A few weeks ago, my mortgage company sent me an email regarding their annual audit of my escrow account.
In the past, they’ve sent me a letter describing the change and letting me know when my payment will adjust. I read the letter, absorb the information, and I’m on to other things in under 10 seconds. Sounds good, right? No need to mess with that formula.
This year, it appears the marketing department at my mortgage company was given a little too much leeway. Instead of a concise note, they sent me an email with a link to… A VIDEO!! A customized, three-and-a-half minute long video no less, with my name and everything. It walked me through what an escrow account was, told me why it fluctuates, and gave me a whole bunch of other information that I really didn’t need.
It totally pissed me off.
Blogs extolling the great marketing power of video are all over the interwebs, and the conventional wisdom would have us all believe that video is the greatest thing since sliced bread. But I disagree completely. Sure, it has its place, and there are things you can do with video that simply don’t translate into a written post (explainer videos are a great example of this). But video is not a universal cure-all solution. Here are my main issues with the widespread use of video:
Time: In my mortgage example, I used to be able to consume everything I needed to know quickly when it was sent by mail. With the “new and improved” video delivery system, they just took 3 ½ minutes of my life to tell me what used to take 10 seconds.
Expense: No matter how low budget you go, producing video costs more and takes longer than writing a simple email or blog. Sure, you can take super low budget selfie videos with your phone, and they’re great for some things. But full production video is costly and time-consuming.
Combining the Time and Expense issue: to really make a long term impact with video, it takes consistency and quantity. Ever been to a YouTube channel with 2 videos that were produced 12 months ago? Unless you can build something that looks credible and has some depth it’s actually worse to produce a couple of videos than to have none at all.
Often, there’s no option for those who’d prefer not to wade through the whole video. If you absolutely insist on using video, it would be in your best interest to also include a transcript or blog version for those who just want to read through quickly and move on with the rest of their lives.
Don’t get me wrong, I don’t hate video in general. I have to admit a certain fondness for a YouTube channel where the host blows things up. It would be impossible to do justice to a slow-motion replay of a watermelon being vaporized in a blog post. But when I visit that channel I’m ready to spend the time that it will take to properly consume that content. I’m definitely not ready to spend 3 ½ minutes of my life thinking about an increase in my mortgage payment. And a lot of marketing falls into the latter category.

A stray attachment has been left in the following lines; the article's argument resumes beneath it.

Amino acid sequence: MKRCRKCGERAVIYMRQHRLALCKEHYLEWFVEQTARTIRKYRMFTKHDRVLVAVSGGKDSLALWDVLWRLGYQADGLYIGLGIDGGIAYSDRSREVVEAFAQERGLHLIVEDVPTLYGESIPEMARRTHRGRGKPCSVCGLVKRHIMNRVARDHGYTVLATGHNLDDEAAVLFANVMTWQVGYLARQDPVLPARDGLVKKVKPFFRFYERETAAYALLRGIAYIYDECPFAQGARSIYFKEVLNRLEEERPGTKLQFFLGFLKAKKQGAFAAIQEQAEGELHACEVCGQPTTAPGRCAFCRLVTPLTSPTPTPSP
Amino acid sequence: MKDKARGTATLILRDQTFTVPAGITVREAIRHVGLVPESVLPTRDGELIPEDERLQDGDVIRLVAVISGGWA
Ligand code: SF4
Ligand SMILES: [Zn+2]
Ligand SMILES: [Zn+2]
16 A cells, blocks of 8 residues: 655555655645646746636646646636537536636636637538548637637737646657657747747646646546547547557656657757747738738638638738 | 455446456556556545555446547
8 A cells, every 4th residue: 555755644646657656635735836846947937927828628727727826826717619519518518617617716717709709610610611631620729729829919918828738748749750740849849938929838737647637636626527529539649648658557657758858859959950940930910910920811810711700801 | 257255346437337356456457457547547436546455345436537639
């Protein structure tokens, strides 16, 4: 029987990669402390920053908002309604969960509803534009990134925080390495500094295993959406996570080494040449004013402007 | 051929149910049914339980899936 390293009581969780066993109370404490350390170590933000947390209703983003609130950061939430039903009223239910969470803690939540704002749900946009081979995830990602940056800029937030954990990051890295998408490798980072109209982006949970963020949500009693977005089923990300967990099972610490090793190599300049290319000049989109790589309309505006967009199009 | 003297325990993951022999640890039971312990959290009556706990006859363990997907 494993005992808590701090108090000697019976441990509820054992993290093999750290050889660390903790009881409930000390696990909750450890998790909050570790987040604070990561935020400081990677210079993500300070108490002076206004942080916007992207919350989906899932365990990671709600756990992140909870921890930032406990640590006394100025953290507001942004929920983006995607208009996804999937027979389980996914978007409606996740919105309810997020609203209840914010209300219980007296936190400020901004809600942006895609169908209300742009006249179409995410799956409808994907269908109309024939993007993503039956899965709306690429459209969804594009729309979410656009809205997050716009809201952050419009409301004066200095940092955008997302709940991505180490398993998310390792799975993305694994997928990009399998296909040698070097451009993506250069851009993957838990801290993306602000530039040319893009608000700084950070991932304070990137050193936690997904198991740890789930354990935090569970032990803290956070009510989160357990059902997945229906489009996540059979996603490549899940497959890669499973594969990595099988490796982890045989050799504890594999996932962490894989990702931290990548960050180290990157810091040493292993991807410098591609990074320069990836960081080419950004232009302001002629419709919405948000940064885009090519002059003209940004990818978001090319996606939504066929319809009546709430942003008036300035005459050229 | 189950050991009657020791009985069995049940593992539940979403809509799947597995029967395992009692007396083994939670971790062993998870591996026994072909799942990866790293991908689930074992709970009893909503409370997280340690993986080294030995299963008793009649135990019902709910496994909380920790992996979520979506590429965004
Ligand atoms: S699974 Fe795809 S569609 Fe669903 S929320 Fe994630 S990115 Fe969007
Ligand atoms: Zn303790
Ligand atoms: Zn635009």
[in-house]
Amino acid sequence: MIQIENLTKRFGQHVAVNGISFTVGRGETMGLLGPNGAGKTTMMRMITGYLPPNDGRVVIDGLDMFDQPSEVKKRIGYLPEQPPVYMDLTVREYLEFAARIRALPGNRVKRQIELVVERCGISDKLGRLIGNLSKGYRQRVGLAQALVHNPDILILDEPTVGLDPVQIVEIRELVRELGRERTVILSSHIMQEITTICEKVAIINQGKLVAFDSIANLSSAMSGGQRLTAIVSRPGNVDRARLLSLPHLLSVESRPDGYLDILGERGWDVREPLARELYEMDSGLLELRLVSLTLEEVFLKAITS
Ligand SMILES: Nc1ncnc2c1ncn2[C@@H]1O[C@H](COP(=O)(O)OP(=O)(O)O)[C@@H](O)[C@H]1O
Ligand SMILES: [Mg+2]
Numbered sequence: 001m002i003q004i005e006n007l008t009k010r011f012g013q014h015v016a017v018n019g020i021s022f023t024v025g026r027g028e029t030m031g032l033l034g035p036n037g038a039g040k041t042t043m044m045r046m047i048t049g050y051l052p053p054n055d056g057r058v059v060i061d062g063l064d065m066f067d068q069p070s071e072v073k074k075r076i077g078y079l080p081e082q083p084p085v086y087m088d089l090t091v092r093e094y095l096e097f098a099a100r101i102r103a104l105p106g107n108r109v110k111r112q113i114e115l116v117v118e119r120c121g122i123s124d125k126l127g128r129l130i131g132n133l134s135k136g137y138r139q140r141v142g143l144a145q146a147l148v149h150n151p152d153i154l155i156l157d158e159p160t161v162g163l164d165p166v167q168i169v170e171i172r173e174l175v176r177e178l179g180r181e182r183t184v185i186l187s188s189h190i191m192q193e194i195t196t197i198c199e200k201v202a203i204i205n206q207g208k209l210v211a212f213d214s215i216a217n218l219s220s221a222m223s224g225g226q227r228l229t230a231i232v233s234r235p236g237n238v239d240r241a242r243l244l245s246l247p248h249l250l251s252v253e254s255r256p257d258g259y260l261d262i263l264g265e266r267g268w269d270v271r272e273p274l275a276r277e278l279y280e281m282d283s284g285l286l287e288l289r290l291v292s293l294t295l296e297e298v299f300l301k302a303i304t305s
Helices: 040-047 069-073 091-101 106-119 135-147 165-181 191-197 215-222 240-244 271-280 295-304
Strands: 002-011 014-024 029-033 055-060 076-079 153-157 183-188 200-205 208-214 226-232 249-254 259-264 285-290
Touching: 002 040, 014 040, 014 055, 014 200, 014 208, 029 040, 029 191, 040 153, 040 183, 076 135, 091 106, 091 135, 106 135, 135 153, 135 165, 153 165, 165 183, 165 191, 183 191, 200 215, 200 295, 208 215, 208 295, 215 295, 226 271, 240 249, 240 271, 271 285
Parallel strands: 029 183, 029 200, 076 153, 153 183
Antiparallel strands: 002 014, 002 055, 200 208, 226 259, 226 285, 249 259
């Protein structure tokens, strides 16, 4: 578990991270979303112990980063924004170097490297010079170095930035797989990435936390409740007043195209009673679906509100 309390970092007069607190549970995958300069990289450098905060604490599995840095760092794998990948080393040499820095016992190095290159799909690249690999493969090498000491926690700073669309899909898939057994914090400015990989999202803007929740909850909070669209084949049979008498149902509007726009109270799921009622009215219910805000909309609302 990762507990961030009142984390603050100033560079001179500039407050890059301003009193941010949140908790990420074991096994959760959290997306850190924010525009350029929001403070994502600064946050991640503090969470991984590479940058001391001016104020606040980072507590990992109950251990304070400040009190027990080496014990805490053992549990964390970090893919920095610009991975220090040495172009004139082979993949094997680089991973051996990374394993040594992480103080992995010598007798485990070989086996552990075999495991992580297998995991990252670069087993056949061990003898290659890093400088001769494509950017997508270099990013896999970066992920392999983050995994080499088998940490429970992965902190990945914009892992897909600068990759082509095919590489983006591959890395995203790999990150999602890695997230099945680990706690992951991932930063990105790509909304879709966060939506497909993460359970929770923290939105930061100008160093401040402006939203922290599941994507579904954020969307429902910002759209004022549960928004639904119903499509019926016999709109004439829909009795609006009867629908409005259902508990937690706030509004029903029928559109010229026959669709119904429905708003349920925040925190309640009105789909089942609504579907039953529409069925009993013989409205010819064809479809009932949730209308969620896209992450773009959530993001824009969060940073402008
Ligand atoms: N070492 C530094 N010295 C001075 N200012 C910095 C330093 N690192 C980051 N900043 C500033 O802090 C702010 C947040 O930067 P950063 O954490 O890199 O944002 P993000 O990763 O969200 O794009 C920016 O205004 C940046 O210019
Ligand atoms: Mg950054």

So, here are a few questions to ask yourself when you’re trying to decide whether video is right for your project:
Do you really need video to get your message across, or would a simple email or blog post work just as well? For instance, if you’re trying to explain a complex subject, you may want a good explainer video—but a simple service business (like ours, for instance), really has no need for one. Pro tip: if you find yourself having trouble thinking of the content for the video, it may be the wrong format for you. If you’re unsure, I’d recommend trying to put together an email (or blog post, or whatever) first- you’ll save yourself time and money.
Who is your target audience? Are they of the Youtube/SnapChat generation, or more likely to want to read a letter? If they are analog book readers still, trust us, they don’t want your video.
Where will they be when they get your communication? Are they probably going to be sitting in an open office space (hint: not a good time to watch a video), or will they be they surfing Facebook at home in the bathtub (probably a better time)? In fact, a video is a really excellent choice if your messaging is appearing on Facebook, since the platform is optimized for video.
How much time does your audience have? Are they super busy professionals with an inbox stacked 40 deep (again, no time to watch a video—a written communication is easier to scan quickly), or are they someone with a little more time on their hands?
What is your budget? Is a video really the best place to blow your money, or could you put those funds to better use?
In other words, keep your audience in the front of your mind, try and meet their needs (not yours), and remember they simply don’t care. Essentially our basic marketing premises, right?
Oh, and buck the trends to do what’s right for your customers. You know, those good business practices.
Happy small business marketing,
Theron, and Katie
At Urban Sherpa Marketing Co. we offer marketing advisory, strategic planning, and services for small business and startups. Our goal is to make high-quality marketing possible for every business, no matter the size. Think of us as your outsourced marketing department, strategic marketing adviser, or even your phone-a-friend marketing lifeline. We specialize in building efficient marketing programs to grow your business without blowing the bank.
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